"Mammas, don't let your babies grow up to be cowboys. Don't let 'em pick guitars and drive them old trucks. Make 'em be doctors and lawyers and such." - from Ed and Patsy Booth's 1976 song, later re-recorded by Willie Nelson and Waylon Jennings
Well, maybe you shouldn't be made to be lawyers, either. Here, on a long weekend heading into July, is a short cautionary tale about how you could spend whole chunks of your lawyerly career fighting over tiny facets of taxation law, and how, just maybe, you might want to find better goals in life.
This is the tale of the Snow Boogie Astra Sled, HBC Imports/Zellers Inc., the Canadian Border Services Agency and "tariff item No. 9506.99.90 of the Schedule to the Customs Tariff, S.C. 1997, c. 36."
HBC wanted to import the Astra sled, the CBSA wanted to charge duty on it.
HBC felt the sled should be imported under Section 95.03 of the Schedule to the Customs Tariff Act, arguing that it should be considered under subclause v: "Toys designed to be ridden by children but not mounted on wheels, e.g., rocking horses."
The CBSA felt Section 95.06 would be more appropriate: "Articles and equipment for general physical exercise, gymnastics, athletics, other sports ... or outdoor games, not specified or included elsewhere in this Chapter; swimming pools and paddling pools."
Presumably, the two sections have different levels of duty payable.
The CBSA applied 95.06: HBC appealed to the Canadian International Trade Tribunal and, according to the Federal Court, "an Astra sled was submitted to the tribunal as an exhibit," but the CBSA's interpretation was upheld. Court documents say, "The tribunal found that "the essential purpose of the good in issue is to enable children (and adults) to partake in the outdoor activity of sledding or sliding on snowy hills."
HBC then appealed the decision to the Federal Court, which delivered its verdict this week. After much minute examination of the issue, two judges ruled.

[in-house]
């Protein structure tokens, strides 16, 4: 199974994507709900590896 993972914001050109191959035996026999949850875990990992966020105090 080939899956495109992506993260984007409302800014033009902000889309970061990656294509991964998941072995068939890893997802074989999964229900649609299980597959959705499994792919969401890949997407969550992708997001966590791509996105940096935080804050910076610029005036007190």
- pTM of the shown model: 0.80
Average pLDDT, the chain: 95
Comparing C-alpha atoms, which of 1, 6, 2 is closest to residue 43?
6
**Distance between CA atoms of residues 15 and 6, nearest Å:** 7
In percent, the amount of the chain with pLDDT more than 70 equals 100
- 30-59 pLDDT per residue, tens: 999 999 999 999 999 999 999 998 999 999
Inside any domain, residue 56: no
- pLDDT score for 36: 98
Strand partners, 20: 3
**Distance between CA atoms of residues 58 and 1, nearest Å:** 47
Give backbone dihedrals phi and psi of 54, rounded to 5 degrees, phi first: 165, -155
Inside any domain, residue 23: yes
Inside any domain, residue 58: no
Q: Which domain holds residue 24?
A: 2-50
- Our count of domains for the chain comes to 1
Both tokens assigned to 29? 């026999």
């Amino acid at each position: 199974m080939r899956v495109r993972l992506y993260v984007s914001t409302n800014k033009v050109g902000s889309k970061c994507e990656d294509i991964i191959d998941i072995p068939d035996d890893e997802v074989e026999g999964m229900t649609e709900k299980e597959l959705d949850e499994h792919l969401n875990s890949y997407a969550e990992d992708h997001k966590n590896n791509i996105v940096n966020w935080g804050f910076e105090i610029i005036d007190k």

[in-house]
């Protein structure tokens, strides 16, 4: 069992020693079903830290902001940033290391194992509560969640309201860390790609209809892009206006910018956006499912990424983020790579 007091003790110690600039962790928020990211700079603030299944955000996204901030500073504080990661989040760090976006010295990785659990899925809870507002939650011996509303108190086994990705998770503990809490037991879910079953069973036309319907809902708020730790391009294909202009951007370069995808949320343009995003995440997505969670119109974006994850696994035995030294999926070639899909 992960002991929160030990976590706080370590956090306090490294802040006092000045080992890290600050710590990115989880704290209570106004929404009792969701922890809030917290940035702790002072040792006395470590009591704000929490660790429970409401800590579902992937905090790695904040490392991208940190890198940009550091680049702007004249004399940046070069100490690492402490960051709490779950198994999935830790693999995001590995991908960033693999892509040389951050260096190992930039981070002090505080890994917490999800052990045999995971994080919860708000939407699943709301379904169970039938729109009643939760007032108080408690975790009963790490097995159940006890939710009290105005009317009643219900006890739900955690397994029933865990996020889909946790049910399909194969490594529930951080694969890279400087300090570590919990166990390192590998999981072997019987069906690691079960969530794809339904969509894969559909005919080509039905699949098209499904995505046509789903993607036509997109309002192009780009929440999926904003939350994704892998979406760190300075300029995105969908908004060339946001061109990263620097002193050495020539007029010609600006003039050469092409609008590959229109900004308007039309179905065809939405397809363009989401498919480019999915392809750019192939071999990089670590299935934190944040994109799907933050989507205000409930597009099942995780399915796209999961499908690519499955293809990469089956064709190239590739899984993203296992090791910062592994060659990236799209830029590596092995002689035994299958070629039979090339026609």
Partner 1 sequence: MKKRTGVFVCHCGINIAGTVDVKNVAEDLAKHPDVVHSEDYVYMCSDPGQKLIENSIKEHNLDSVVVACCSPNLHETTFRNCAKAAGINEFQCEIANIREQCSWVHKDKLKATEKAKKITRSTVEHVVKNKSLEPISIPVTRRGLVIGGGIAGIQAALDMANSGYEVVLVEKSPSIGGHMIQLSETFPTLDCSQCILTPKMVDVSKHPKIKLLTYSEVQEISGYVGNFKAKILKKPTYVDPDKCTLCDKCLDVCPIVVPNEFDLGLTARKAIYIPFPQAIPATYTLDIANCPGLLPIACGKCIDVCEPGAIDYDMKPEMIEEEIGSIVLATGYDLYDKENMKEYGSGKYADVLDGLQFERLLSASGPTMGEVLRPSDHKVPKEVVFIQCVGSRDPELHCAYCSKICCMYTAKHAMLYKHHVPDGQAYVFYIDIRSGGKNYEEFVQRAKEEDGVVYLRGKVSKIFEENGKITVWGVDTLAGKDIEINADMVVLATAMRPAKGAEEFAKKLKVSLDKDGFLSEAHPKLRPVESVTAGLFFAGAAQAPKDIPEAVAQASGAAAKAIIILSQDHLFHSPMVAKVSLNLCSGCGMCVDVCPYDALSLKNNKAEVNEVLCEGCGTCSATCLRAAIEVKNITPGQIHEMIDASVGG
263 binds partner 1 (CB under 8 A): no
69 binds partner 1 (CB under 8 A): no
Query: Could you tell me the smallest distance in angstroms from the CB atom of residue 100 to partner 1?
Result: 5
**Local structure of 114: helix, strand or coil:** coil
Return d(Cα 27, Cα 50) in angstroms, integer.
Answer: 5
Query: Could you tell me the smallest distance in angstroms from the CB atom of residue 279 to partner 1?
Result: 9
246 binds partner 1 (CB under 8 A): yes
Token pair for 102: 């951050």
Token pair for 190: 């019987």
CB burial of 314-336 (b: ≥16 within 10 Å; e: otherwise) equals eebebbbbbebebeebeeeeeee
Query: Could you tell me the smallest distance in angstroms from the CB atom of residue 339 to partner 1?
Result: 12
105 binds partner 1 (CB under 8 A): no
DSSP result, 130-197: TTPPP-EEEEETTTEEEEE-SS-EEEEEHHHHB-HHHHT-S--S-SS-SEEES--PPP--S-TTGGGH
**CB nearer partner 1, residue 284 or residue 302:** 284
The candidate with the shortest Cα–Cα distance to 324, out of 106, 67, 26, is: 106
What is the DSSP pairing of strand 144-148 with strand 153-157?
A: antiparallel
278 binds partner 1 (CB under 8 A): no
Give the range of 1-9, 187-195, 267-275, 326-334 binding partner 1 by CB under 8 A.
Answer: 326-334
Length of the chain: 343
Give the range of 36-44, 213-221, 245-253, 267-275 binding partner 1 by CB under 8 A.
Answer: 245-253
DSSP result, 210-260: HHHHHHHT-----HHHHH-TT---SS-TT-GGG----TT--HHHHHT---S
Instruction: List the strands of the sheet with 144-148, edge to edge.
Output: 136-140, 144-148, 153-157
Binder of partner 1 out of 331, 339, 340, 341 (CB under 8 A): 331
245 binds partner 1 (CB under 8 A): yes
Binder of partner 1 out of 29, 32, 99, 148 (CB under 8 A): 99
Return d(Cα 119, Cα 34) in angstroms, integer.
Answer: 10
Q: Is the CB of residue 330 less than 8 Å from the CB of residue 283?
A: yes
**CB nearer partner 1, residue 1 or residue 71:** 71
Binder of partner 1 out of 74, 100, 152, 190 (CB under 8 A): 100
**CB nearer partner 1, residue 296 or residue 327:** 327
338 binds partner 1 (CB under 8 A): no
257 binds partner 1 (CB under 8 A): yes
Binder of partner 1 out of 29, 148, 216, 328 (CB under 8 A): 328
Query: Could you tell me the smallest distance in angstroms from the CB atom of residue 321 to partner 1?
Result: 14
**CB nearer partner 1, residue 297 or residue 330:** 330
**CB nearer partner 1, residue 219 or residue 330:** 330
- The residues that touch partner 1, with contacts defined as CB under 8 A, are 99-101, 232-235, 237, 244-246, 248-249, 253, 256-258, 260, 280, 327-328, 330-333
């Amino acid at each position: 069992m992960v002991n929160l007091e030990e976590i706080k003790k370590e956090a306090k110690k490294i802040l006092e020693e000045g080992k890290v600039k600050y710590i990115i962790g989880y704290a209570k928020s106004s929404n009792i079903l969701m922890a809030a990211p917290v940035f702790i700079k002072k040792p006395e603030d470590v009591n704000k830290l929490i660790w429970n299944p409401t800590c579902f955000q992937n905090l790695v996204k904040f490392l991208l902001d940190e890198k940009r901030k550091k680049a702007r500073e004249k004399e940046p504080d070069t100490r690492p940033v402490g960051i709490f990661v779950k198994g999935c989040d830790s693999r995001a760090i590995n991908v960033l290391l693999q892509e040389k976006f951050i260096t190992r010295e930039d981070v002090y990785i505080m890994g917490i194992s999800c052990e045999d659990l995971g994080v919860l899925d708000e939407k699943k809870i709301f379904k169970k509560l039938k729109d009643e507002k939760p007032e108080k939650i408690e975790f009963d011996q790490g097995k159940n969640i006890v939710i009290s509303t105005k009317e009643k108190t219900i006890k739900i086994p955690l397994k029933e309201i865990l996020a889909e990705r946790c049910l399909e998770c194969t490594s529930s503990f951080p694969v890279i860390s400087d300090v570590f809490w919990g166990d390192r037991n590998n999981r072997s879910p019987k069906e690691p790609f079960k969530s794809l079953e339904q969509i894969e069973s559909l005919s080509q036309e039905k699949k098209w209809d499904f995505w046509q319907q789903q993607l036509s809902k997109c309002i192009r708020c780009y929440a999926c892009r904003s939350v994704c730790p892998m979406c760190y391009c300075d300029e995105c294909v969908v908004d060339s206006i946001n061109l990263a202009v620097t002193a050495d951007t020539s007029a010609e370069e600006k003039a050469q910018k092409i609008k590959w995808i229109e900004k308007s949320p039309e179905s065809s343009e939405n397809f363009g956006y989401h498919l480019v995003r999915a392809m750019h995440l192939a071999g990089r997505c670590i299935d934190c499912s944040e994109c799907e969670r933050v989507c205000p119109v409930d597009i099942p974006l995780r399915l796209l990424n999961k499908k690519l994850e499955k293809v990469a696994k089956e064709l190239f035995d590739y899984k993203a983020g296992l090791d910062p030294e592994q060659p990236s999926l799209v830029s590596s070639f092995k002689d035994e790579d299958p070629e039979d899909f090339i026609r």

"The only example given in paragraph (v) is a rocking horse. It must be remembered that the question in this appeal is whether the decision of the tribunal is reasonable, not whether it is correct. Because the only example of 'toys designed to be ridden by children' is a rocking horse, a reasonable conclusion could be that only 'toys designed to be ridden by children' that are like rocking horses are the toys that are to be included as 'other toys' under this paragraph. While a rocking horse is ridden, the rocking horse will not transport the child from one place to another. The Astra Sled is easily distinguished from a rocking horse and therefore, a reasonable conclusion is that the Astra Sled, even if it is a toy, is not to be included as 'other toys' under this paragraph. Since this paragraph is the only paragraph of Note (D) that specifically refers to toys designed to be ridden by children, it also seems that it is reasonable to conclude that the Astra Sled, even if it is a toy, is not to be included in 'other toys' for the purposes of heading 95.03."
CSBA 1, HBC 0. Game over? Not quite.
A third judge found that "The tribunal found, and it is now undisputed, that the Astra Sled is designed for sliding down a snowy hill and is something like a toboggan," and said, because of that, the sled should pay a third and different kind of duty. Which leaves the whole issue potentially up for appeal.
Maybe "cowboy" was a better choice all along.